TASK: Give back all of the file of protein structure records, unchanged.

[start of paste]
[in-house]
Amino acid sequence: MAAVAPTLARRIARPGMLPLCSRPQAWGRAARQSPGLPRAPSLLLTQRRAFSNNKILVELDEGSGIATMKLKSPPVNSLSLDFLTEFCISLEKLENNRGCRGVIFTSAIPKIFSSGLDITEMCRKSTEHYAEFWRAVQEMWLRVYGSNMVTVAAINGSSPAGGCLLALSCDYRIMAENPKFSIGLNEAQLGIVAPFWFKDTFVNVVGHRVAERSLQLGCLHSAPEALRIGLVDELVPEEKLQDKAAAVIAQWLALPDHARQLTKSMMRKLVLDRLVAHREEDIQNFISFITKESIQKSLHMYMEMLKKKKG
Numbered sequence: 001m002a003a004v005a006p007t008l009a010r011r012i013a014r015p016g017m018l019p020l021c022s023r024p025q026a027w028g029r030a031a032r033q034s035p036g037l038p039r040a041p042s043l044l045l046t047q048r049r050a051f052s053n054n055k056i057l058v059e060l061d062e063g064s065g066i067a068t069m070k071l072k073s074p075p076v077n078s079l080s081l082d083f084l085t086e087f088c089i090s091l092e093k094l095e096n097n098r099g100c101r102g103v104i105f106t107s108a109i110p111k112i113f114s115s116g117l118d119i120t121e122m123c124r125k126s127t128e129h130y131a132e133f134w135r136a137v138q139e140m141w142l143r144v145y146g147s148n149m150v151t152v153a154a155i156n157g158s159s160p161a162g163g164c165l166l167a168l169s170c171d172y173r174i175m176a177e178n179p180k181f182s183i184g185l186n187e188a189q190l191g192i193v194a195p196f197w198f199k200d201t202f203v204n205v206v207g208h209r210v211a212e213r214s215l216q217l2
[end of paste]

[in-house]
Amino acid sequence: MAAVAPTLARRIARPGMLPLCSRPQAWGRAARQSPGLPRAPSLLLTQRRAFSNNKILVELDEGSGIATMKLKSPPVNSLSLDFLTEFCISLEKLENNRGCRGVIFTSAIPKIFSSGLDITEMCRKSTEHYAEFWRAVQEMWLRVYGSNMVTVAAINGSSPAGGCLLALSCDYRIMAENPKFSIGLNEAQLGIVAPFWFKDTFVNVVGHRVAERSLQLGCLHSAPEALRIGLVDELVPEEKLQDKAAAVIAQWLALPDHARQLTKSMMRKLVLDRLVAHREEDIQNFISFITKESIQKSLHMYMEMLKKKKG
Numbered sequence: 001m002a003a004v005a006p007t008l009a010r011r012i013a014r015p016g017m018l019p020l021c022s023r024p025q026a027w028g029r030a031a032r033q034s035p036g037l038p039r040a041p042s043l044l045l046t047q048r049r050a051f052s053n054n055k056i057l058v059e060l061d062e063g064s065g066i067a068t069m070k071l072k073s074p075p076v077n078s079l080s081l082d083f084l085t086e087f088c089i090s091l092e093k094l095e096n097n098r099g100c101r102g103v104i105f106t107s108a109i110p111k112i113f114s115s116g117l118d119i120t121e122m123c124r125k126s127t128e129h130y131a132e133f134w135r136a137v138q139e140m141w142l143r144v145y146g147s148n149m150v151t152v153a154a155i156n157g158s159s160p161a162g163g164c165l166l167a168l169s170c171d172y173r174i175m176a177e178n179p180k181f182s183i184g185l186n187e188a189q190l191g192i193v194a195p196f197w198f199k200d201t202f203v204n205v206v207g208h209r210v211a212e213r214s215l216q217l2